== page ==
Blair was, it has been reported, the Queen's least favourite prime minister. His decade-long premiership began with the untimely death of Diana, and it is said he encouraged the Queen to make a public statement of grief at the time, something that she had not initially wanted to do.
The Queen is said to have disliked the "people's princess" title that Blair assigned to Diana.
Gordon Brown took over from Tony Blair in 2007, and he referred to the relationship he shared with the Queen as "congenial and businesslike."
It has been reported the Queen "admired Brown's diligence and seriousness".
However, neither Brown nor Blair were invited to the royal wedding in 2011 of Kate and William.
David Cameron and Theresa May
Cameron certainly had a leg up compared to his Labour predecessors as a distant relative of the Queen. He also attended the same school as Prince Edward, a couple of academic years below. The first time the late Queen came across him was "in a primary school play."
However, his indiscretion after the Scottish Independence Referendum in 2014 may have soured relations.
Cameron was forced to apologise for comments he made about the Queen's reaction to the referendum's results.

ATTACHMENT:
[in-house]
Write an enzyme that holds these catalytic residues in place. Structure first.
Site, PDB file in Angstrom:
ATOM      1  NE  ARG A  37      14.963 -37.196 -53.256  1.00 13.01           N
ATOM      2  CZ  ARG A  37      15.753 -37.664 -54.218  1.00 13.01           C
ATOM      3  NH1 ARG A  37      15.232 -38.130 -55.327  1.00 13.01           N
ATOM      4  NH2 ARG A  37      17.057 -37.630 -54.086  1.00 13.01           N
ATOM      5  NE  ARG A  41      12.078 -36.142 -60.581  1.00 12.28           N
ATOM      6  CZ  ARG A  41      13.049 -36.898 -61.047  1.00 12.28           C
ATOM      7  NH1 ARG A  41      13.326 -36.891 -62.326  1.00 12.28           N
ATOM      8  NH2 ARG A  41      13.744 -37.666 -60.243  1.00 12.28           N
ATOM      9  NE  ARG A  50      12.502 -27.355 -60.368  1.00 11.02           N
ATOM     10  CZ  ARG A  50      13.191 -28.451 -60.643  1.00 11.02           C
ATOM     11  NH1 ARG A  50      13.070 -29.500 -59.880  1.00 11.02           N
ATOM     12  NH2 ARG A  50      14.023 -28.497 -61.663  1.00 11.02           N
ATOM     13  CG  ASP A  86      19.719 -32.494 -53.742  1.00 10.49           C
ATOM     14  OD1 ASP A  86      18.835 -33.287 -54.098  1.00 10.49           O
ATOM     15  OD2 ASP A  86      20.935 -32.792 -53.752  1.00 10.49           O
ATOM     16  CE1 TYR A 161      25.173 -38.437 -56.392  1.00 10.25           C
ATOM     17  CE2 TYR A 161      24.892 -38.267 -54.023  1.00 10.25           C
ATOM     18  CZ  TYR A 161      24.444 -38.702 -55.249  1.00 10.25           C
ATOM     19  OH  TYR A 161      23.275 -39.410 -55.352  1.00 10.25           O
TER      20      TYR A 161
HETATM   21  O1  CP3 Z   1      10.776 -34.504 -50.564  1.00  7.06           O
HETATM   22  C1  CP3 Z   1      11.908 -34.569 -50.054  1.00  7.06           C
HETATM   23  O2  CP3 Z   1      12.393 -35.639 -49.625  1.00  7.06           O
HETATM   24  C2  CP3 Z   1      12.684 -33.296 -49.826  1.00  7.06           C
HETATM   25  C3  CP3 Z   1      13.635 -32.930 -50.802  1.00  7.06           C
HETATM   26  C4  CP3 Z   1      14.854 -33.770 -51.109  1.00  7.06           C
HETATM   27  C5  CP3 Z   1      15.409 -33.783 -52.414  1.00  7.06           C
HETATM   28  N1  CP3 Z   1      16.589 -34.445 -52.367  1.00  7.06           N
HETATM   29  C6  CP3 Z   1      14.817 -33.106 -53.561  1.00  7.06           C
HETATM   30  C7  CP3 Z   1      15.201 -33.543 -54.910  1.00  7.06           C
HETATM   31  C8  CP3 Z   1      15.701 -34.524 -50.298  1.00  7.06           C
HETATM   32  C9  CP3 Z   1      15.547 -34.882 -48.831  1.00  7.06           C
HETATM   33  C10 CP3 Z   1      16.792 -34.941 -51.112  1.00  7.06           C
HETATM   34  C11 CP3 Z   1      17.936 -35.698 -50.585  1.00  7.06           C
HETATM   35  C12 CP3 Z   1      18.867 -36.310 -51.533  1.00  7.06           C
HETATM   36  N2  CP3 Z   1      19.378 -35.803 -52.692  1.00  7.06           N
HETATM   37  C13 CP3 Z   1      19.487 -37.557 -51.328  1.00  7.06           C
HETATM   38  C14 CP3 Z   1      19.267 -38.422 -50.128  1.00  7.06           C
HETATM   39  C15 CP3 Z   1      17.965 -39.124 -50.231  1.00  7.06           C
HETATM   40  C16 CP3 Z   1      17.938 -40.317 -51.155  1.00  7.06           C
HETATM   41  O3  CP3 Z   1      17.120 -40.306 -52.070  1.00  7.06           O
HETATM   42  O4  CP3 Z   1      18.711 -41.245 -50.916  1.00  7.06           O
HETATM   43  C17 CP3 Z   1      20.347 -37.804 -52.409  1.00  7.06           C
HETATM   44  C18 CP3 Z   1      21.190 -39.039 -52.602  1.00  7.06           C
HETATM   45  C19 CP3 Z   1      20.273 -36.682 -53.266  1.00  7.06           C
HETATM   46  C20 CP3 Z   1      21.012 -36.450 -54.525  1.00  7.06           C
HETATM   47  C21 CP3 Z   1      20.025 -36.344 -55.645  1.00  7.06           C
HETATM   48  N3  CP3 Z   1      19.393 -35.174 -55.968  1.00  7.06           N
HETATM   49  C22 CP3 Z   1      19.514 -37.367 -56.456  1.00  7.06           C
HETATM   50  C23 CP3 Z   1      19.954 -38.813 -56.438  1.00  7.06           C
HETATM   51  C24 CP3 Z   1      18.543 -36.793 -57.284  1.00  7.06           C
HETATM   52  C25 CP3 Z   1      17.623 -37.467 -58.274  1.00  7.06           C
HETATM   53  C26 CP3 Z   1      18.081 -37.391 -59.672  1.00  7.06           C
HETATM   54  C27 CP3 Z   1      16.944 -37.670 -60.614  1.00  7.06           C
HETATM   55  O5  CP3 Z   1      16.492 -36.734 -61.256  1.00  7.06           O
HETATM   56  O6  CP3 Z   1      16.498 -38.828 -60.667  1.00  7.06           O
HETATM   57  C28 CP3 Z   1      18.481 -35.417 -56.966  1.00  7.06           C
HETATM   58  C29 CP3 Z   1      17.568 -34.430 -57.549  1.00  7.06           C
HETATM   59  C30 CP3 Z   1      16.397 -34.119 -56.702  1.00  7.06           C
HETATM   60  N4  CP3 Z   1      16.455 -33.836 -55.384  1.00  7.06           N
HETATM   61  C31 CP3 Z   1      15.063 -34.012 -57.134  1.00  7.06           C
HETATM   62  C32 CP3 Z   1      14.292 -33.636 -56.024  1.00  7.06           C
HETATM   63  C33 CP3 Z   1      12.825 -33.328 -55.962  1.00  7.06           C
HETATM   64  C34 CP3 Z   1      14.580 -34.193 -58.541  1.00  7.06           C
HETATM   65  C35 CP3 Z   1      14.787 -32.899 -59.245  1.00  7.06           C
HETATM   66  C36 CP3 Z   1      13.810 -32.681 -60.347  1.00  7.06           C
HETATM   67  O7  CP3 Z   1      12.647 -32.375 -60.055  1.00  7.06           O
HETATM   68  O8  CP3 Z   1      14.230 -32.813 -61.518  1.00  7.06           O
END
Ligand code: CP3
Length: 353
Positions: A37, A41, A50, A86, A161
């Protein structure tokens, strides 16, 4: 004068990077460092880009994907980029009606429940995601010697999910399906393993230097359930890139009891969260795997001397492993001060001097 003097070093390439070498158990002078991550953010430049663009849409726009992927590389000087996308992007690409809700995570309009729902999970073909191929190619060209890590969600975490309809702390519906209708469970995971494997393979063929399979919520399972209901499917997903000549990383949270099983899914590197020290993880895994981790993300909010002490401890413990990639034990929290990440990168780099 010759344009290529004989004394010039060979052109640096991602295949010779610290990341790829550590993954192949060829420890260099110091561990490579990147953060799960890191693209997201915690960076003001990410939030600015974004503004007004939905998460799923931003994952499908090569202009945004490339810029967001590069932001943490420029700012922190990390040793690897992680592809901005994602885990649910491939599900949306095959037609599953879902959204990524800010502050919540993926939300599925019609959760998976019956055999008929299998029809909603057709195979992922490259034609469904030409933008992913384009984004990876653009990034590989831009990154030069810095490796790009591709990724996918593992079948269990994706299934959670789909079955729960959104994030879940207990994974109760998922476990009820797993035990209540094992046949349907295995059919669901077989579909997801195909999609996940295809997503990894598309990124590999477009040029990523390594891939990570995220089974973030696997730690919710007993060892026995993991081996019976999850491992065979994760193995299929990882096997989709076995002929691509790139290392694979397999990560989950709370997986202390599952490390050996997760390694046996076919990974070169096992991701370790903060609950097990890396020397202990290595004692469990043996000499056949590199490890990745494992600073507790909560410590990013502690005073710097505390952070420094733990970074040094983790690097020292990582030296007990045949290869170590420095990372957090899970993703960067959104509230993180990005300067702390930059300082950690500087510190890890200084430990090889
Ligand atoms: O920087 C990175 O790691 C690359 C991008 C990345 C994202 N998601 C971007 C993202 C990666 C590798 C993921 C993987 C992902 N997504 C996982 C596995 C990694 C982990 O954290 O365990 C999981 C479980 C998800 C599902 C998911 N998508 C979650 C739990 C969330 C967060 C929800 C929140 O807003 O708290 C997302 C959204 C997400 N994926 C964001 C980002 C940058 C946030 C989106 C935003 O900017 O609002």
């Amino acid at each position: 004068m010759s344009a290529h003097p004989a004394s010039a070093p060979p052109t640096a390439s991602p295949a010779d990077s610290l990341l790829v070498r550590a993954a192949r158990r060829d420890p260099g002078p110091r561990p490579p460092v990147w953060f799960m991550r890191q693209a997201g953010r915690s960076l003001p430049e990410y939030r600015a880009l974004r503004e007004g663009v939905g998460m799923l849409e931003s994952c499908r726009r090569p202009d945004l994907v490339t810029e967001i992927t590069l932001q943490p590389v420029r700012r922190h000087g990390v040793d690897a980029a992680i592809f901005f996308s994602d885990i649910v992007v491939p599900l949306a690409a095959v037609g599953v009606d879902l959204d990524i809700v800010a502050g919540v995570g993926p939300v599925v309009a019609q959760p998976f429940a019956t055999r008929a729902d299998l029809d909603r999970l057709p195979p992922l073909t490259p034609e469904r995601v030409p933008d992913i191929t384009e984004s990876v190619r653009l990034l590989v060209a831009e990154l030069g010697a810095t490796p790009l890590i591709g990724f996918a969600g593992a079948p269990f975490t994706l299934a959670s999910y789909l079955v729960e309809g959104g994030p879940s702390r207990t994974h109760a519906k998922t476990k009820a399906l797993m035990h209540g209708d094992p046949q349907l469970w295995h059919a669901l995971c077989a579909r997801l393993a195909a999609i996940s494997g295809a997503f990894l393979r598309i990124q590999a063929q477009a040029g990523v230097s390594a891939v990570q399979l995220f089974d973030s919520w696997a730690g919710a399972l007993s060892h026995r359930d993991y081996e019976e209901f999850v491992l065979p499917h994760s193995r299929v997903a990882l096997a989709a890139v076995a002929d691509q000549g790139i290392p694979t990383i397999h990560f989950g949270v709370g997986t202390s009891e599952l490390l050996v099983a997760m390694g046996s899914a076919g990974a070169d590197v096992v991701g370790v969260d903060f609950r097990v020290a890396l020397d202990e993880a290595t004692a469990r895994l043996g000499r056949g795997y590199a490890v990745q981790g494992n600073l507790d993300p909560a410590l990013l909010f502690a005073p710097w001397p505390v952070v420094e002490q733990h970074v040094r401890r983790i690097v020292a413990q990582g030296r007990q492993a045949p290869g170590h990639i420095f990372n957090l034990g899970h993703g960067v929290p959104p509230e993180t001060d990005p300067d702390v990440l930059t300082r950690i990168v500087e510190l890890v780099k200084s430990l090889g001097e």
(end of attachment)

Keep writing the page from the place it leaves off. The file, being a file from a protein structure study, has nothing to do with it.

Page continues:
Whilst wearing a microphone, he said: "the definition of relief is being the prime minister of the United Kingdom and ringing the queen and saying 'it's all right, it's okay.' That was something, she purred down the line."
Theresa May's premiership was blighted by repeated attempts to secure a Brexit deal.
The Royal Editor of ITV — Chris Ship — has said that he had heard some members of the Royal Family "speak with admiration for the level of hard work and many hours of negotiation Theresa May" displayed during her time as prime minister.
Boris Johnson and Liz Truss
Johnson had to apologise to the Queen twice, and reports have claimed that she "loathed" him.
His first indiscretion came when he claimed she had said in one of their weekly audiences she didn't "know why anyone would want the job" of premier.
Johnson's first apology to the Queen came after he supposedly misled her on the legality of proroguing parliament in 2019.
Later in January 2022, Johnson was forced to apologise again after it was revealed that illegal parties had been held at Downing Street the night before Prince Philip's funeral.
Liz Truss was the Queen's 15th and final prime minister.
Inviting Truss to form a government at Balmoral only two days before her death, it will be remembered as the Queen's final significant act of constitutional duty.